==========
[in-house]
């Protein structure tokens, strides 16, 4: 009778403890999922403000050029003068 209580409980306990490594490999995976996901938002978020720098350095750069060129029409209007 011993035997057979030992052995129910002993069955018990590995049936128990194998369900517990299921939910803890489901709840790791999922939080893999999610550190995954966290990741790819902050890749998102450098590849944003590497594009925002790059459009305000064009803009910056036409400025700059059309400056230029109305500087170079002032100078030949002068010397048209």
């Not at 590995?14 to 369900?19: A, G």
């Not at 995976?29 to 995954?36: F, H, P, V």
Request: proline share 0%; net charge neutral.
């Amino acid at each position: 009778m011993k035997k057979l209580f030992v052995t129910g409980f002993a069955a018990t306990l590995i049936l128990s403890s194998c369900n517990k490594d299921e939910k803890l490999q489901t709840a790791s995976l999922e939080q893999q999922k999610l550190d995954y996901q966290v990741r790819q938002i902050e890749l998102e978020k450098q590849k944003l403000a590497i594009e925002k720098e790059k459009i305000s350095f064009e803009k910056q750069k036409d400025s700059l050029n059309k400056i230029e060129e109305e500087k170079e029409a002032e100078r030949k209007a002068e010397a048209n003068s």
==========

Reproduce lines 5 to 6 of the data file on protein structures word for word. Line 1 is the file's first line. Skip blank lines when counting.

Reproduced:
Request: proline share 0%; net charge neutral.
């Amino acid at each position: 009778m011993k035997k057979l209580f030992v052995t129910g409980f002993a069955a018990t306990l590995i049936l128990s403890s194998c369900n517990k490594d299921e939910k803890l490999q489901t709840a790791s995976l999922e939080q893999q999922k999610l550190d995954y996901q966290v990741r790819q938002i902050e890749l998102e978020k450098q590849k944003l403000a590497i594009e925002k720098e790059k459009i305000s350095f064009e803009k910056q750069k036409d400025s700059l050029n059309k400056i230029e060129e109305e500087k170079e029409a002032e100078r030949k209007a002068e010397a048209n003068s």